In a laboratory at the University of Rochester, researchers are using lasers to change the surface of metals in incredible ways, such as making them super water-repellent without the use of special coatings, paints, or solvents.
The commercial applications of the technology range from de-icing of commercial airplanes and large trucks, to rust and corrosion prevention of exposed metal surfaces, to cleaner, anti-microbial surfaces for surgical and medical facilities.
But to make the technology commercially viable, the lasers must become much more powerful.
A venture capital-backed technology company, FemtoRoc Corp., is undertaking a joint research project with John Marciante, an associate professor of optics, and the University’s Institute of Optics to develop those more powerful lasers. The project, expected to take six years, has a research budget estimated at $10 million.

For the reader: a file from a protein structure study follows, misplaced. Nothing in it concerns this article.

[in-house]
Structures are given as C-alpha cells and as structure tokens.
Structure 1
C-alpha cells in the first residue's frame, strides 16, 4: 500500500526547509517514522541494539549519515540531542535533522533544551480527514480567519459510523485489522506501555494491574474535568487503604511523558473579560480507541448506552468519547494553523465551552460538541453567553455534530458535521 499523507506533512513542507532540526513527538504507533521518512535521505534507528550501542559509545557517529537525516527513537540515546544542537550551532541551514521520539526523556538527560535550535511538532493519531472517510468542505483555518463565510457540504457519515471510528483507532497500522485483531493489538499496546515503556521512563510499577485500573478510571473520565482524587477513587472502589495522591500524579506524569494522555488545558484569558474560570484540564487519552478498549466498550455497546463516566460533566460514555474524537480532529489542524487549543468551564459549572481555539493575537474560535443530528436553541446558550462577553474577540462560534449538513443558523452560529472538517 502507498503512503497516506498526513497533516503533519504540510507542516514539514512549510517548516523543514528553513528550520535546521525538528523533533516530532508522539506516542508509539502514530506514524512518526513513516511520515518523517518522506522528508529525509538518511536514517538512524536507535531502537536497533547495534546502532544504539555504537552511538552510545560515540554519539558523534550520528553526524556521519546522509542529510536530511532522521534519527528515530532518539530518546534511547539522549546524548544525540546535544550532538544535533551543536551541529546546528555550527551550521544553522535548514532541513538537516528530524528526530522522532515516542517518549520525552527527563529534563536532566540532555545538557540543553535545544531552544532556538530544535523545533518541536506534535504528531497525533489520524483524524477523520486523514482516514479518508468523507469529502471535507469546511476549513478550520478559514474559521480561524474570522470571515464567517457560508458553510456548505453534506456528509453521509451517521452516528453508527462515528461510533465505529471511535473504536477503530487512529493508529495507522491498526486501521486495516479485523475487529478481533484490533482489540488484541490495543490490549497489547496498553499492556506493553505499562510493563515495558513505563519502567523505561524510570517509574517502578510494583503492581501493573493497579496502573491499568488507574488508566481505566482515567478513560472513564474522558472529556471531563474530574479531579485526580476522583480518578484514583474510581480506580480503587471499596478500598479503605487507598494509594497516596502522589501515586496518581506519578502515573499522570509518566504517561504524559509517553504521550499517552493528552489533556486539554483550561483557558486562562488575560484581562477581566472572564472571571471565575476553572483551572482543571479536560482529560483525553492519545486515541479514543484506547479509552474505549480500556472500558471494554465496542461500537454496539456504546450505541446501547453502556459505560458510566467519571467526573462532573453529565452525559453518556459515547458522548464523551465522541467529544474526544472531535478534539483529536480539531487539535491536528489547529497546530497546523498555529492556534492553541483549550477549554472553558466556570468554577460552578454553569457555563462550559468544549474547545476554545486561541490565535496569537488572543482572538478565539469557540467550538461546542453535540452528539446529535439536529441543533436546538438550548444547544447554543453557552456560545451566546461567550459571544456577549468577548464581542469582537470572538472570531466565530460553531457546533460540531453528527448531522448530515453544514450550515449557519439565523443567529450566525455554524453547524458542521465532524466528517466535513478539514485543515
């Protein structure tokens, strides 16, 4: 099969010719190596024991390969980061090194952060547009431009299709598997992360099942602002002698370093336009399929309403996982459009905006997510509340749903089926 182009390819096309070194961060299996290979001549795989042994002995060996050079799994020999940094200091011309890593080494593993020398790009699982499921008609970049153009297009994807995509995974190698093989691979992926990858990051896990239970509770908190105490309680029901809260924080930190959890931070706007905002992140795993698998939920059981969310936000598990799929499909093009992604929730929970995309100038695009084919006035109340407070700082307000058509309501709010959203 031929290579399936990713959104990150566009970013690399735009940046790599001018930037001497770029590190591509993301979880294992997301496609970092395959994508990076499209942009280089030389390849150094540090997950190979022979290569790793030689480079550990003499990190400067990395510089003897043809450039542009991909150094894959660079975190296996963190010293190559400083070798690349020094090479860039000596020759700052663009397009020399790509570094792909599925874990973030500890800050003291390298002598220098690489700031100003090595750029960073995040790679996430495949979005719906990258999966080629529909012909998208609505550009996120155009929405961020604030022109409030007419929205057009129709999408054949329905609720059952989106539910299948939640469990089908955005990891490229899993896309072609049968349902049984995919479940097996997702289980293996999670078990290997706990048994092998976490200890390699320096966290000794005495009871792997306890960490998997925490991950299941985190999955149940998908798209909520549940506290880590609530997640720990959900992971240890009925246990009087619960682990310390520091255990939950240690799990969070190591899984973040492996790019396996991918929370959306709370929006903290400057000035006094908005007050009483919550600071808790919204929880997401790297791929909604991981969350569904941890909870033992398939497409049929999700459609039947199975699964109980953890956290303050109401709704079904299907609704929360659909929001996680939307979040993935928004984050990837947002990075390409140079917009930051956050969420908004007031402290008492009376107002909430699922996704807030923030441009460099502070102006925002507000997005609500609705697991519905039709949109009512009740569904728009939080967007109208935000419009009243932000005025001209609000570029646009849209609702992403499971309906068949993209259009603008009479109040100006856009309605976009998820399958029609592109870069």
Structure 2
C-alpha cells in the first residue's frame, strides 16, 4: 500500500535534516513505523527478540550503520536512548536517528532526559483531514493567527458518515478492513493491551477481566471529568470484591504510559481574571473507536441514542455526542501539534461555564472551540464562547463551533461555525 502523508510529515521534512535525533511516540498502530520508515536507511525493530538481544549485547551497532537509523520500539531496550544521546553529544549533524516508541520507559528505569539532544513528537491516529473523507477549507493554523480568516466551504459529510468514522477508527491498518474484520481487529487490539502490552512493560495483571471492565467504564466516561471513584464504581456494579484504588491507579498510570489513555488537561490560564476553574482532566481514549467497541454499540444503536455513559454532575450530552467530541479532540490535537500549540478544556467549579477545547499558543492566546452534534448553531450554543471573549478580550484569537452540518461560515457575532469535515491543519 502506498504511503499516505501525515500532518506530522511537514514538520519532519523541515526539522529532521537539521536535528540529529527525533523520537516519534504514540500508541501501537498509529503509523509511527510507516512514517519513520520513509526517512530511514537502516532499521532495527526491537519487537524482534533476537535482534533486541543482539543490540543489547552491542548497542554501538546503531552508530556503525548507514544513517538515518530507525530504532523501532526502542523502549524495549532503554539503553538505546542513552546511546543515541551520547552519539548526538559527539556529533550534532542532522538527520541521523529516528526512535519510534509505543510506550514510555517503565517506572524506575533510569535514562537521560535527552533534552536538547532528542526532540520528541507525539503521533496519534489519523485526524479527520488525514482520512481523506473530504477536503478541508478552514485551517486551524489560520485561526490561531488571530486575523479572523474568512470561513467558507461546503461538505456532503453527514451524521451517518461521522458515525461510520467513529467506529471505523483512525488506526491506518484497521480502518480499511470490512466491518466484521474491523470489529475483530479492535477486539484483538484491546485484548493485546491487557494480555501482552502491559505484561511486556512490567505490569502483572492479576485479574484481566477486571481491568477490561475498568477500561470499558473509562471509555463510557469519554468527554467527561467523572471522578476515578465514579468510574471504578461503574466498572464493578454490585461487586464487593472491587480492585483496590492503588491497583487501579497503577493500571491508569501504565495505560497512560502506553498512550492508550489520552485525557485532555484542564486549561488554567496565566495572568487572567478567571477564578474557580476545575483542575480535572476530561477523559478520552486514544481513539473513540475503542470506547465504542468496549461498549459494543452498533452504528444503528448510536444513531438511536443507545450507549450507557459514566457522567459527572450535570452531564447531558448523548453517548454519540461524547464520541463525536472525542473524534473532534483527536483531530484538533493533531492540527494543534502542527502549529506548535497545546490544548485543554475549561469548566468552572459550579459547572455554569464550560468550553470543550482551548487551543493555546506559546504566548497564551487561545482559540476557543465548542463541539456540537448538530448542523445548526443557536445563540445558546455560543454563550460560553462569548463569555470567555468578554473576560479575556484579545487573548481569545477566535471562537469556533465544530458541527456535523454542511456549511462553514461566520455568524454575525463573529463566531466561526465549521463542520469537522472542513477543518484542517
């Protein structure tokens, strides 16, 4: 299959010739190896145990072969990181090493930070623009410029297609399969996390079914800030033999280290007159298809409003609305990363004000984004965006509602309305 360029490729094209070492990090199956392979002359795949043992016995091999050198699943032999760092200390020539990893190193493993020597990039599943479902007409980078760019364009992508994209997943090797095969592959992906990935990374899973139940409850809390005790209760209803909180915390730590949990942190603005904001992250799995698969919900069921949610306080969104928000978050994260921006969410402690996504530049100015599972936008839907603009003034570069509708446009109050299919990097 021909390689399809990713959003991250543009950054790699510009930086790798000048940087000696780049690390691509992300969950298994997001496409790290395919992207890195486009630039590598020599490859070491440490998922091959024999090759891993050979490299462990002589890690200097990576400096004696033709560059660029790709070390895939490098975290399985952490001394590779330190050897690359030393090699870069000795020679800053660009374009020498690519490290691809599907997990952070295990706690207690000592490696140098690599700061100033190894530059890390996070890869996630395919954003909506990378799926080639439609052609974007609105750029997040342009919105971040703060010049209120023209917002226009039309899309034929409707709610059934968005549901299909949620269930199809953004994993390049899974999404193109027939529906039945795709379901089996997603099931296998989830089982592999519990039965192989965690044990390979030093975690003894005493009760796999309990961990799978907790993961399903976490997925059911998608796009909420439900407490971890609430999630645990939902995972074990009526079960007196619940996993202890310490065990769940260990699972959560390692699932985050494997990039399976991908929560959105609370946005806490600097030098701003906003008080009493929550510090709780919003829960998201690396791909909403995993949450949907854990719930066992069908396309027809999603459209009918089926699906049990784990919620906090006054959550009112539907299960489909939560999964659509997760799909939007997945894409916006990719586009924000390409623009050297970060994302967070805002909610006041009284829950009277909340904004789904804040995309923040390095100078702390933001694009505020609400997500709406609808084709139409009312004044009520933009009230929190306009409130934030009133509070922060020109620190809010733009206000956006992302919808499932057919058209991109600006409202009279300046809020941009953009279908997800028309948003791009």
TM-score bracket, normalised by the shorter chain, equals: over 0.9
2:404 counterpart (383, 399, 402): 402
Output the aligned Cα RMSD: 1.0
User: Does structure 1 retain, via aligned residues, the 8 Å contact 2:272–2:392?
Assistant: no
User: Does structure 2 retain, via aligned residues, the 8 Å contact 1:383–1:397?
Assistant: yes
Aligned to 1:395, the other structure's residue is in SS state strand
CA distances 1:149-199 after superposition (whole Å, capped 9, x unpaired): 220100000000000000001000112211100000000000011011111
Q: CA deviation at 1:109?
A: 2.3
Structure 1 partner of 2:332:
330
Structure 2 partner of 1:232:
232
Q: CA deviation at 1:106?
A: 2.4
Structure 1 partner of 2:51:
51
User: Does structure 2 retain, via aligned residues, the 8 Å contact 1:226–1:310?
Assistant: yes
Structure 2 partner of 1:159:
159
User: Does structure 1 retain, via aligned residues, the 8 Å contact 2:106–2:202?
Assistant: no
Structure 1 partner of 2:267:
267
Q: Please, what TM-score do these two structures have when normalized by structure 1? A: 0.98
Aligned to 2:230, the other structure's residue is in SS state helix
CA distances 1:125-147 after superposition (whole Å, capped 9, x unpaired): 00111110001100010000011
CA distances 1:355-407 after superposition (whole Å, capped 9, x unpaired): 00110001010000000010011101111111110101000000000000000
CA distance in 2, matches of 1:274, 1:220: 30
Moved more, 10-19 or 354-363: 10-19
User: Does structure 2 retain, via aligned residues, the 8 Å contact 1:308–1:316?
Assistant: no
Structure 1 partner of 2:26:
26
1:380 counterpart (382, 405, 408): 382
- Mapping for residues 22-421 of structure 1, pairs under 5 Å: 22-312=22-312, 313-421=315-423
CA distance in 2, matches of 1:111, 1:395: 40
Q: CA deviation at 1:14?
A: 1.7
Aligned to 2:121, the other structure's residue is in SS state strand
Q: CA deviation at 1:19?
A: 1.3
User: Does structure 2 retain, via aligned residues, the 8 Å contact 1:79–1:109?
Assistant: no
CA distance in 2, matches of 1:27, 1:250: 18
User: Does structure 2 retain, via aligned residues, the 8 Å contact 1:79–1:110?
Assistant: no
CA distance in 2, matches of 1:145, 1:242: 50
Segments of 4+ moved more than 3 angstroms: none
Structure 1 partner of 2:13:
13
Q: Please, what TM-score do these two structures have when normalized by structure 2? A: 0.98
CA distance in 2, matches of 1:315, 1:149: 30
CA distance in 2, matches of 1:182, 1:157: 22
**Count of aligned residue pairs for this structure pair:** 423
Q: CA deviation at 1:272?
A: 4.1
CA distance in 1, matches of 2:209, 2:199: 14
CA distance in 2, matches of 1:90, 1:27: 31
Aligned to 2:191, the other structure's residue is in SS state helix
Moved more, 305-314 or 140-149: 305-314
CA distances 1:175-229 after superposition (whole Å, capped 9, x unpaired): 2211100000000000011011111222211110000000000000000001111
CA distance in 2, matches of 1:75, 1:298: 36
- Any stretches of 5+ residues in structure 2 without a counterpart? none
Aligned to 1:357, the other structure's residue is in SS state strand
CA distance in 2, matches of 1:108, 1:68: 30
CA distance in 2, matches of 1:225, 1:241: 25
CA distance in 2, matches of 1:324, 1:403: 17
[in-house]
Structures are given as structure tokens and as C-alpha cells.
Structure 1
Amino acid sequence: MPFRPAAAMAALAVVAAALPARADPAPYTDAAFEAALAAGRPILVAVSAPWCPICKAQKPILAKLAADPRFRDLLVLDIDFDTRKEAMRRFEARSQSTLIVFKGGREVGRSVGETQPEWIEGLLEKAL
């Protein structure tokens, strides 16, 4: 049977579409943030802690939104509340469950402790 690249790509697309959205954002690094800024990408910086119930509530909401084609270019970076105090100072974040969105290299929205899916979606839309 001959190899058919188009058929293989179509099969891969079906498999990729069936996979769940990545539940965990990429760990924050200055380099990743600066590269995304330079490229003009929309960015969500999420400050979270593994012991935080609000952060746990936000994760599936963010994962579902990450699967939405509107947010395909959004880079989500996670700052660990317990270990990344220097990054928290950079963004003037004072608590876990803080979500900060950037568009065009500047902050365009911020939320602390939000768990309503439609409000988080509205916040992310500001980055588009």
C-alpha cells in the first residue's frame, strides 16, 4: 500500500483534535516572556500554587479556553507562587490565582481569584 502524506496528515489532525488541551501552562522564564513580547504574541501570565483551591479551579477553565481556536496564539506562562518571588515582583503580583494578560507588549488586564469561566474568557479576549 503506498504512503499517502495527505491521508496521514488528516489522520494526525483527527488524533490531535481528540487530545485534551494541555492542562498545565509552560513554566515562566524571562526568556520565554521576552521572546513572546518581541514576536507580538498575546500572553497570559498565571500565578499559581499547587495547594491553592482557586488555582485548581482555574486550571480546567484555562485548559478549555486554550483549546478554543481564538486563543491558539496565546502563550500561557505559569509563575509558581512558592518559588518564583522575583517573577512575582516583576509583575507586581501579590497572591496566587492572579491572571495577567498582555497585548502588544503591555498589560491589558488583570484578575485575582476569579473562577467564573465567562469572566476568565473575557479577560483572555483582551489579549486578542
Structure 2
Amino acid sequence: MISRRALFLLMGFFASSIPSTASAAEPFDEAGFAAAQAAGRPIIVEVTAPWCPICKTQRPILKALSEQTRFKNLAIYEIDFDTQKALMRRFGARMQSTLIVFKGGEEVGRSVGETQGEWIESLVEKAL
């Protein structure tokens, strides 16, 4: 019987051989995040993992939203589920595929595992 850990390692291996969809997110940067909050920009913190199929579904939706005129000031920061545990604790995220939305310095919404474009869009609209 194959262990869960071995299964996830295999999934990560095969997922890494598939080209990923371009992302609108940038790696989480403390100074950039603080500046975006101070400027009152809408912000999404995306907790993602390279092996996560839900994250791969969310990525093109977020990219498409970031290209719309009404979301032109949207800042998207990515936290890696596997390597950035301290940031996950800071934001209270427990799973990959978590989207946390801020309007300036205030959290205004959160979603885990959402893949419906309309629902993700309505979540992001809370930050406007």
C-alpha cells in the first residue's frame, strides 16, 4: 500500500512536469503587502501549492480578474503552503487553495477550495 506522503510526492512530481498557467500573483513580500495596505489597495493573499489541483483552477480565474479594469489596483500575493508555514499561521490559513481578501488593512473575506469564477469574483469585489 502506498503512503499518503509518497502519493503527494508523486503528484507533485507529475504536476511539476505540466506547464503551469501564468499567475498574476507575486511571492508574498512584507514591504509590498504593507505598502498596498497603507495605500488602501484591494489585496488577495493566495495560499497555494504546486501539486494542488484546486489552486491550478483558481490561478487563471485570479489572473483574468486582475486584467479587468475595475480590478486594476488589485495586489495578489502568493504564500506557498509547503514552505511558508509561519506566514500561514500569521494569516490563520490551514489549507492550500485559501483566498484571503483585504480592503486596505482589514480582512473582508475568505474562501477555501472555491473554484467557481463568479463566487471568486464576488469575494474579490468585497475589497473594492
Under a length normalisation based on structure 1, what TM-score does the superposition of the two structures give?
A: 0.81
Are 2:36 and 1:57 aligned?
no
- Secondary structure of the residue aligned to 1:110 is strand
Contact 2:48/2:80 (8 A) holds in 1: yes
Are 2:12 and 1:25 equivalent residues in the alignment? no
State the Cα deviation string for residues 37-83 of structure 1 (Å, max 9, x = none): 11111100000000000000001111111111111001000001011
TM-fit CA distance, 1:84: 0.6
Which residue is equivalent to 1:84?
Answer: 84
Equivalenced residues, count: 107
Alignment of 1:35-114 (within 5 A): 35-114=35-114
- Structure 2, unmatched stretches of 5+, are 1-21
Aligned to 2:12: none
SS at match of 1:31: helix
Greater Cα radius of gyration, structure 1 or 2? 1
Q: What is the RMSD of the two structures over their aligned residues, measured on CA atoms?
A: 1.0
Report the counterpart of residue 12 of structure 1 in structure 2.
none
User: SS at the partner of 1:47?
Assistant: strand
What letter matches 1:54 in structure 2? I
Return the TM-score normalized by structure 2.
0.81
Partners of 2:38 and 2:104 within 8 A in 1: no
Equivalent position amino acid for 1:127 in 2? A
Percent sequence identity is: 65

“What they [FemtoRoc] need is a high-powered, ultra-fast, femtosecond-class laser system with average power measured in kilowatts, rather than the 10’s of watts now commercially available,” says Marciante. “So, we need to scale up by over a factor of 10.”
It’s a very ambitious undertaking.
The proprietary, super-hydrophobic technology uses lasers to create an intricate pattern of micro and nanoscale structures, giving the treated metal surfaces a new set of physical properties.
thumbnail courtesy of phys.org